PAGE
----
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August 13, 2018

Princeton University’s Department of Classics has launched a new pre-doctoral fellowship for promising young Classicists who would contribute to the diversity of the University. Premised on a recognition that access to Classics is not equitable, the fellowship provides both preparation for and admission to Princeton’s Ph.D. program. I reached out to Professors Michael Flower and Dan-el Padilla Peralta to learn more about the concerns and conversations that gave birth to this fellowship. Below is our exchange, lightly edited for clarity.

Park: This fellowship is, as far as I know, unique. From what I can gather, it essentially offers financial support for post-baccalaureate study along with admission to Princeton’s Ph.D. program upon completion of the post-bacc. It seems to me unusual to fund a post-bacc—can you tell me how the idea for this level of support came about? Were there other fellowships that inspired Princeton’s?

Flower and Padilla Peralta: This is a new initiative and, as far as we know, there is nothing else like it. We wanted to create something that is substantially different from a post-bacc and that is why we came up with the name “pre-doctoral.” The substantive differences are that it is fully funded and includes an offer of regular admission for the following year. The recipient does not need to reapply for regular admission, and that is important. We want to show that we are committed to these students in the long term and that they do not have to “prove themselves” once they get here. Right from the start they will be regular members of our academic community and not “second class” members in any respect. What the Pre-doctoral Fellowship gives them is an extra year of support in which to fully prepare themselves for the regular program, especially in terms of language preparation.

Do you intend to offer this fellowship every year?

The initiative will be run initially as a three-year pilot; it is our hope to continue well past that window once we secure the funding required to place the fellowship on a firm long-term footing.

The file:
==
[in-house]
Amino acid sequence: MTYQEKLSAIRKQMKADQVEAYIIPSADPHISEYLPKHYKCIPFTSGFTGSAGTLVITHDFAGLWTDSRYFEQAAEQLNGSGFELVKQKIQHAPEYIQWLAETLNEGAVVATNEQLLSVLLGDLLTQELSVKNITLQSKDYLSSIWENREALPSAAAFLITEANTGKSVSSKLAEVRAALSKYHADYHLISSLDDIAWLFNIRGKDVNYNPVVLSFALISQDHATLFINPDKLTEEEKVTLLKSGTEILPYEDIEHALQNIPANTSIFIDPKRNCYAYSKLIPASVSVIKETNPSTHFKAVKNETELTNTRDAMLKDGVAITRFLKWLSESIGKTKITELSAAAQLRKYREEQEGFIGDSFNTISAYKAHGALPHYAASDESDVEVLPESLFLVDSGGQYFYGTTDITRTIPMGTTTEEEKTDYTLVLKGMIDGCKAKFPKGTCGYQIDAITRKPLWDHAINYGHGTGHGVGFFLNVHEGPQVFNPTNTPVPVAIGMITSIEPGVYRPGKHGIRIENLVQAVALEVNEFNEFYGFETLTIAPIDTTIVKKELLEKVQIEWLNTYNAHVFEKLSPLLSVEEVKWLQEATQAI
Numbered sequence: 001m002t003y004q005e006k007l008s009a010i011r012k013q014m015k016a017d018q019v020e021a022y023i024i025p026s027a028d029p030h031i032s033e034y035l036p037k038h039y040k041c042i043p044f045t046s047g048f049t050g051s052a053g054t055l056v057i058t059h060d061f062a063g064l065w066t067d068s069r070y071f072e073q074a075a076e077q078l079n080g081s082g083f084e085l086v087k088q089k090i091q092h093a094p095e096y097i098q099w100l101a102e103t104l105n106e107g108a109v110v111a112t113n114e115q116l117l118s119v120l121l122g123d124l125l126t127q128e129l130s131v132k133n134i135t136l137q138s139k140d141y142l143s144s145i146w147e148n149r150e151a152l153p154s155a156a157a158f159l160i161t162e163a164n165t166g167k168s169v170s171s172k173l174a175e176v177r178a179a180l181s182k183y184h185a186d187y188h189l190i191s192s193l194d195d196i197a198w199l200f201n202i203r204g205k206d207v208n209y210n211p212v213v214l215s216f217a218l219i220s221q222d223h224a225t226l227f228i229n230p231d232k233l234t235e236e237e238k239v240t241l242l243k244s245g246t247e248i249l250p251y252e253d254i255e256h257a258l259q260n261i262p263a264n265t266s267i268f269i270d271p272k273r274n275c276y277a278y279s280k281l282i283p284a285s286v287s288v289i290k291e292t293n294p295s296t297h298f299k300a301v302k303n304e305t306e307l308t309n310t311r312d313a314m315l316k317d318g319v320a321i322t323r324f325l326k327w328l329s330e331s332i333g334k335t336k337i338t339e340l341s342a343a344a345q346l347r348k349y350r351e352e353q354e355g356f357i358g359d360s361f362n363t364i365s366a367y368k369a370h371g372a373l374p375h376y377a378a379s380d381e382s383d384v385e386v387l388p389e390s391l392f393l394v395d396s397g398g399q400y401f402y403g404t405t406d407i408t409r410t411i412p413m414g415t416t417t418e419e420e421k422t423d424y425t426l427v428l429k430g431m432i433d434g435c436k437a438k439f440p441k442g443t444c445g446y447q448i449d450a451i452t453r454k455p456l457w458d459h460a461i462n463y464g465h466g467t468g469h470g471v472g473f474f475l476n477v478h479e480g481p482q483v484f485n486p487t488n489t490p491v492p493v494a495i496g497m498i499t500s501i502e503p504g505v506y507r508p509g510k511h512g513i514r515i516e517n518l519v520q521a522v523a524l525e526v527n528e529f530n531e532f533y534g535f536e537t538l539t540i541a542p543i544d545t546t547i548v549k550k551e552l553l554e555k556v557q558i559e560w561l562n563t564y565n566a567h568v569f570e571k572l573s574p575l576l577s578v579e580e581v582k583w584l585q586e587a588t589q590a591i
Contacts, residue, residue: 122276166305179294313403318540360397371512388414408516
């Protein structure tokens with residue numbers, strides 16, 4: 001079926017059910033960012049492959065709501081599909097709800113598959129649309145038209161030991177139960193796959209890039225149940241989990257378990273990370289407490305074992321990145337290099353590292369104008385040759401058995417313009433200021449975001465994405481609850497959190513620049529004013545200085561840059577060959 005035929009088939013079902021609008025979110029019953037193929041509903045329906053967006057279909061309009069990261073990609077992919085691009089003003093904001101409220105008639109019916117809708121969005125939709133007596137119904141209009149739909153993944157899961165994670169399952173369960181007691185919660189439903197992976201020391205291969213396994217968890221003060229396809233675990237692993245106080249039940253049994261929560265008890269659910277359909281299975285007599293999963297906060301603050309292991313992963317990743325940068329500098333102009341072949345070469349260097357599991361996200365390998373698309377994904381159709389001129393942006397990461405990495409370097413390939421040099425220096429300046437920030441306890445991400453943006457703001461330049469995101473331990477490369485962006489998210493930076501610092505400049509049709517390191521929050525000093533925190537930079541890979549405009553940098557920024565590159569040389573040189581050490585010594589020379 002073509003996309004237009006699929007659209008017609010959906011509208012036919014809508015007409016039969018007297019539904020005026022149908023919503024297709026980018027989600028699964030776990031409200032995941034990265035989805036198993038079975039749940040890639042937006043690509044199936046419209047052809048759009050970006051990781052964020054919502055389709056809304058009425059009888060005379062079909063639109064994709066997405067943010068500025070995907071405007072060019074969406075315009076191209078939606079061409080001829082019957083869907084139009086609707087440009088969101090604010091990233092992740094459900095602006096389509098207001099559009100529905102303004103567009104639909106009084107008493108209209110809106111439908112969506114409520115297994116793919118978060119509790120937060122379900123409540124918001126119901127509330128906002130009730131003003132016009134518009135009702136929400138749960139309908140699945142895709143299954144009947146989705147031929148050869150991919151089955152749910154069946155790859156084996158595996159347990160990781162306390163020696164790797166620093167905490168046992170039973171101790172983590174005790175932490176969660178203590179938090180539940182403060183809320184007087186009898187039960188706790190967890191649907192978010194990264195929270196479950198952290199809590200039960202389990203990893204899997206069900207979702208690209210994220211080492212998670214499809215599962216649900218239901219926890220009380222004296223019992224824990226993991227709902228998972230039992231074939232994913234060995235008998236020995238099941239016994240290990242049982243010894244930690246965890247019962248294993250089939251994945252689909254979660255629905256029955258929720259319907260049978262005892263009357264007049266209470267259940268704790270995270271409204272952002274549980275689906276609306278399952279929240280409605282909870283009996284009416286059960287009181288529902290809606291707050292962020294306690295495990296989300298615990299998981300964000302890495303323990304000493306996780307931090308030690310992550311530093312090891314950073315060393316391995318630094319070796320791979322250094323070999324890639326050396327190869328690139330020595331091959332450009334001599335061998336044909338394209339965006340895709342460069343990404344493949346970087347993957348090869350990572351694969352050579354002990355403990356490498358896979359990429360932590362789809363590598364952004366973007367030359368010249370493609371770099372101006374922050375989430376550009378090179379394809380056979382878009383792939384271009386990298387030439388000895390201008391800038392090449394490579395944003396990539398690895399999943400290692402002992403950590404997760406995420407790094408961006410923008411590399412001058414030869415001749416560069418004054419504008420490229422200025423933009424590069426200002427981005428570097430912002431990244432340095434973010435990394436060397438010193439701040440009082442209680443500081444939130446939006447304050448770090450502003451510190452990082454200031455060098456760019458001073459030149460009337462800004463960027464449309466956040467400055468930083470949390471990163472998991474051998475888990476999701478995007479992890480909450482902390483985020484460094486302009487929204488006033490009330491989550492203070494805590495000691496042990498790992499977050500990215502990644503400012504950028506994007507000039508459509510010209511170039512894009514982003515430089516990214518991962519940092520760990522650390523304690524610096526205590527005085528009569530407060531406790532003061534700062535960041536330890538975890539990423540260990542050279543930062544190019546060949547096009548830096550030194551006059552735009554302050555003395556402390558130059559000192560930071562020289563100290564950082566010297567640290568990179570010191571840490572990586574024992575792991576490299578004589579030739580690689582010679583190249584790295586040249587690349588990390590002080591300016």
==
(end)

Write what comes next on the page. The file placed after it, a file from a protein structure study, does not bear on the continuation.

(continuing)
What is the ultimate goal of this fellowship? Is it to diversify Classics faculty over time? In what ways do you think an increasingly diverse faculty might affect the field of Classics?

Yes, the long-term goal is to diversify the field of Classics (broadly defined). The future of the field really does depend on training more faculty members from diverse backgrounds and on embracing a broader constituency of students. To state the obvious, too often Classics has been seen (not unreasonably) as an elitist subject, one that is beyond the horizon of expectations of most students either as a career goal or as a subject to study in College. Whatever one can do to rectify this situation is worth an investment of both time and money.

Do you anticipate or hope that Princeton’s fellowship will become a model for peer institutions?

In the best of all possible worlds this fellowship could serve as a model, and not just for Classics departments. It is heartening to see other new initiatives that are animated by broadly similar convictions about the need for diversity and inclusion (such as the University of Michigan’s Bridge MA).

I imagine that the fellowship must have been born from some thoughtful conversations about diversity and inclusivity. When did Princeton’s Classics department start having these conversations? Does Princeton Classics engage in other diversity efforts?